That tournament is near and dear to Luchanski’s heart.

Edmonton played host to the very first tournament back in 2004, and she remembers going as a 14-year-old.

Just two years later, the University of Alberta product was selected to join the national team, and has now won three medals in five World Cup appearances, including a bronze when the championship returned to her home city in 2012, and a silver in 2016.

She’s hoping that momentum for herself and the sport continue.

“This is a huge year now with World Cup and we have a lot of good talent coming up,” Luchanski said, citing the squad that went to Washington. “Not only to keep my own spot but this could be a year we break it open with a really deep team.”


Continued success on the international stage has Luchanski hopeful for the future of the game.

When asked as a child if she wanted to play softball or baseball, she took the unconventional route.

“I just wanted to play baseball,” Luchanski said. “It’s not that I didn’t like softball, I just liked what I was already doing, so I didn’t want to leave.”

She knew she would have to play with the boys at a number of levels in Edmonton’s Confederation Park, as well as the Northeast Zone Baseball and the South Edmonton Elite Baseball Association Midget AAA. In fact, she still plays with the Cubs of the Sunburst Baseball League.

But the key for her is letting girls know they shouldn’t be afraid to pick up a baseball. And with the sport’s resurgence in Canada, thanks largely to the popularity of the Toronto Blue Jays, she’s hoping they are never discouraged to try.

“It’s just so sad to think of a little girl loving baseball, just watching the Jays, yet somehow doesn’t know she’s either allowed to play baseball or even throw a baseball,” Luchanski said, adding Baseball Alberta is doing great things in trying to grow the sport. She cites the recent creation of a new position: Women’s Baseball Technical Coordinator.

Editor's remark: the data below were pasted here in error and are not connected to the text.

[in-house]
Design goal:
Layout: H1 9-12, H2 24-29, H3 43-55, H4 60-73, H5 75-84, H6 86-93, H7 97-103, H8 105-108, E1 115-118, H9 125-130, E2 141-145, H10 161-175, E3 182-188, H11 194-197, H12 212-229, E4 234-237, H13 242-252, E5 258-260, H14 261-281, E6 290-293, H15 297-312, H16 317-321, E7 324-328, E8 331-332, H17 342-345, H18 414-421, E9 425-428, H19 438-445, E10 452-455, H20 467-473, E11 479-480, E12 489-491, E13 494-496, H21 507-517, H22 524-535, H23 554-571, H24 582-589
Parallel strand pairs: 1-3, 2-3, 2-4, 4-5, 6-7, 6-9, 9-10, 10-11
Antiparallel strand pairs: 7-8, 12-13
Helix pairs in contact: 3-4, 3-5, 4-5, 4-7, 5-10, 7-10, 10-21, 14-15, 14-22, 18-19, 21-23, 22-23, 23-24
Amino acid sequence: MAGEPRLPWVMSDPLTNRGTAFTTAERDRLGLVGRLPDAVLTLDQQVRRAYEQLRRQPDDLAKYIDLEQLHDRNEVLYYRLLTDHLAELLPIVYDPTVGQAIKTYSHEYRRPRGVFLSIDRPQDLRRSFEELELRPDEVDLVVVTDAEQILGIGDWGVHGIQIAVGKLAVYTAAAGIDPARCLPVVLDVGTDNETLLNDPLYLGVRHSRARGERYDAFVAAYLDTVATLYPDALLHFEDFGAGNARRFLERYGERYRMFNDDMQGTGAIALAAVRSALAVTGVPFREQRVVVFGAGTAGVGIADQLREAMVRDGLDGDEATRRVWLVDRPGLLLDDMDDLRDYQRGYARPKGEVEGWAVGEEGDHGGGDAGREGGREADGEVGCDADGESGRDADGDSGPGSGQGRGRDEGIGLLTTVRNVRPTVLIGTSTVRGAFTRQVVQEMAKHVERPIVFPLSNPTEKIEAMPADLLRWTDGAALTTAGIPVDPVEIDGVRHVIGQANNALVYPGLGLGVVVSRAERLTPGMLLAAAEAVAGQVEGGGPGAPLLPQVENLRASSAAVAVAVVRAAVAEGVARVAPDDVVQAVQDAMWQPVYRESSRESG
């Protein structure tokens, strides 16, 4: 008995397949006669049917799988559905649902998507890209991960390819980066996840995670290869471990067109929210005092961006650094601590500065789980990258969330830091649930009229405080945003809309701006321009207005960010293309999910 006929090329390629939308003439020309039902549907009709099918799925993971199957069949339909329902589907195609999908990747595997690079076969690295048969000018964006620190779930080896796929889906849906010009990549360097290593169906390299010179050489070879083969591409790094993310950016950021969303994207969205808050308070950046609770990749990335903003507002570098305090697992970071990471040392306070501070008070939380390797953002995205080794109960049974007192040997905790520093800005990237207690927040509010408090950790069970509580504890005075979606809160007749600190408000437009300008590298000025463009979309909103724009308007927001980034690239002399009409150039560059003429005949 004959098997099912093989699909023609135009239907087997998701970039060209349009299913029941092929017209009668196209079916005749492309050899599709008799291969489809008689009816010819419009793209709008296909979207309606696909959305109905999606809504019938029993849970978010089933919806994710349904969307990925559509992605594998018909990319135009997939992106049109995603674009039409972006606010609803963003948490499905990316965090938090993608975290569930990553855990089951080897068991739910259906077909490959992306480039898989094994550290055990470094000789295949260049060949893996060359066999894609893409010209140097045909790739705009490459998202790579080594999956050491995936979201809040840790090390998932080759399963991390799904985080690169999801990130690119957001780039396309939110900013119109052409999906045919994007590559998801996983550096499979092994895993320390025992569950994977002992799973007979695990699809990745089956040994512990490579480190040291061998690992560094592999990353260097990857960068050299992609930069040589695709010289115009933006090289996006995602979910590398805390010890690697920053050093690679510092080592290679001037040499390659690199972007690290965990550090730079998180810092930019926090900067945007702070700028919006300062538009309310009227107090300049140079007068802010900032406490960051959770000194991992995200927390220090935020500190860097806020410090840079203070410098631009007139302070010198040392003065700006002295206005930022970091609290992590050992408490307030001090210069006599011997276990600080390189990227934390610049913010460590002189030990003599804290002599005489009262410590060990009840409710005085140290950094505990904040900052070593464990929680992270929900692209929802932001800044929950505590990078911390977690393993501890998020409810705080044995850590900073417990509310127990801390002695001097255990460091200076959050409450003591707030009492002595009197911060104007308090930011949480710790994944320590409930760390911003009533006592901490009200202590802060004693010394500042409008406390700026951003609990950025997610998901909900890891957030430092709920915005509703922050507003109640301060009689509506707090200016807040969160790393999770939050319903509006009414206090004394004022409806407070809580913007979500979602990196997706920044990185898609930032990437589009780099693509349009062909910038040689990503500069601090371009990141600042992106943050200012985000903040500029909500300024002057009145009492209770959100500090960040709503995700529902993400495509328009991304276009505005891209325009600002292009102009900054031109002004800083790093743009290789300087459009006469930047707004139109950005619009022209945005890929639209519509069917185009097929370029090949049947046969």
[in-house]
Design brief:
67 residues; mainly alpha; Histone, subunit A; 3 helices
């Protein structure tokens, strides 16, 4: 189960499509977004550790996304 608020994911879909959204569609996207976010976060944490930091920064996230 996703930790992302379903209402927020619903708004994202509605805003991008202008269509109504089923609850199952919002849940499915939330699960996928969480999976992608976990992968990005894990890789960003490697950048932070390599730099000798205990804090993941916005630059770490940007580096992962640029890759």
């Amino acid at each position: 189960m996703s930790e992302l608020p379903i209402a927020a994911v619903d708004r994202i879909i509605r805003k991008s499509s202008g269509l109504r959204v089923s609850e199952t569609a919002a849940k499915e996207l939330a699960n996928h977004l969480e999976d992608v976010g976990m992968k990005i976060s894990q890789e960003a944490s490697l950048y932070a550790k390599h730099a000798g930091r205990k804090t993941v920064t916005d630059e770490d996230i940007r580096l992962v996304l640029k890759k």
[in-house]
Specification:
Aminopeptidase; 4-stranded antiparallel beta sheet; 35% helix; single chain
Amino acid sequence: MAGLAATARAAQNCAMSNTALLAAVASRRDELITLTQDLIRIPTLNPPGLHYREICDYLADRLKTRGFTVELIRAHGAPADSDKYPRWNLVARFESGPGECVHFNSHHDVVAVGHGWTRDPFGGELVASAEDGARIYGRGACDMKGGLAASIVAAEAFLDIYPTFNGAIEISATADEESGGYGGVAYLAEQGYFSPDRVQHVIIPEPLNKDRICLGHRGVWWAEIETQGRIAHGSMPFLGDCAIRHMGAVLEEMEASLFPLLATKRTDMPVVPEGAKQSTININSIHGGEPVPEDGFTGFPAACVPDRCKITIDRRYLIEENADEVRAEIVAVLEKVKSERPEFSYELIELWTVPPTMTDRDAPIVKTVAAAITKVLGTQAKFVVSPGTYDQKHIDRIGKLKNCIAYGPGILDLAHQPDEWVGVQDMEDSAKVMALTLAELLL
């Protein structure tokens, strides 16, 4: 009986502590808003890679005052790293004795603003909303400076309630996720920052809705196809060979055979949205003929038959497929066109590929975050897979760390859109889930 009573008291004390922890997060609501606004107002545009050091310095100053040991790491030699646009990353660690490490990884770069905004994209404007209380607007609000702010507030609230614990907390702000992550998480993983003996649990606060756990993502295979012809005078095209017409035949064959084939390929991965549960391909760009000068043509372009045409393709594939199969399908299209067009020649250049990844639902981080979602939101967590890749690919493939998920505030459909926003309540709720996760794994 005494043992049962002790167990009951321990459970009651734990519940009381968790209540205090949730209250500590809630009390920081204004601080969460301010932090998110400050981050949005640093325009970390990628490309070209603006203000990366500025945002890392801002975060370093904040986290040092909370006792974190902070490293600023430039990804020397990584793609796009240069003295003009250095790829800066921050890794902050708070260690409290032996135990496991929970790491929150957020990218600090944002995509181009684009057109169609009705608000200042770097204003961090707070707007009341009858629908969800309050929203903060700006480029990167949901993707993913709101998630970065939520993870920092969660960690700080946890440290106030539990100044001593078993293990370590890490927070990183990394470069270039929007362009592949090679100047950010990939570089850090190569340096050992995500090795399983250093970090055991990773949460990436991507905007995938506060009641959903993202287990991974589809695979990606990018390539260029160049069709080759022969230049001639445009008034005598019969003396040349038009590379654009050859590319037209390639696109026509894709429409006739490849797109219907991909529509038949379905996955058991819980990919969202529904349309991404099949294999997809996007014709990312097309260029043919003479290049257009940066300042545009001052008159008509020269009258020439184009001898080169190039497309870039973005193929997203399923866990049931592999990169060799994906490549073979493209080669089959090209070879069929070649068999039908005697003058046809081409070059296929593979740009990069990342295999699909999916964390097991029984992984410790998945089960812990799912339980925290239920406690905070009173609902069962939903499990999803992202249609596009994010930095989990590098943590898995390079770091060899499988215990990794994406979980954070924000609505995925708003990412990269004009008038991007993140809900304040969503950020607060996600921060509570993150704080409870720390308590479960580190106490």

It’s those kinds of supports that she hopes will keep evolving the game in this province and beyond, which she believes will go a long way in developing role models.

With the national program being created when she was a teenager, she had to look elsewhere for hers. The internet was still in its infancy at the time, so learning about them didn’t come easy.

She looks at someone like Ila Borders, who was the first woman to start and win a men’s NCAA or NAIA college baseball game in the mid-1990s, as an inspiring player. But it was more than one.

“Just the girls here and there who played on college teams and never really became big names or anything,” Luchanski recalled. “But they’re in the record books for having done it.”

She used that fact as inspiration.

“Being about 14 and realizing that it’s been done and can be done, it’s not like they made it very far, they didn’t make it into affiliated baseball or anything but it was just nice to see those names,” she continued.

Luchanski could very well end up being one of those names for Alberta girls in the years to come. And while it might be weird to her that people might ask for her autograph at games or think she’s setting trends, Luchanski also sees it as another opportunity.

“We’re growing, we’re like where women’s hockey was 25 years ago,” she said. “You may not be able to play on a girl’s team the whole way up. There will be girls teams you can get on here and there, it’s going to be awesome. But you may have to play with some boys here as we try to grow.”


6 thoughts on “Luchanski’s Redemption

Leave a Reply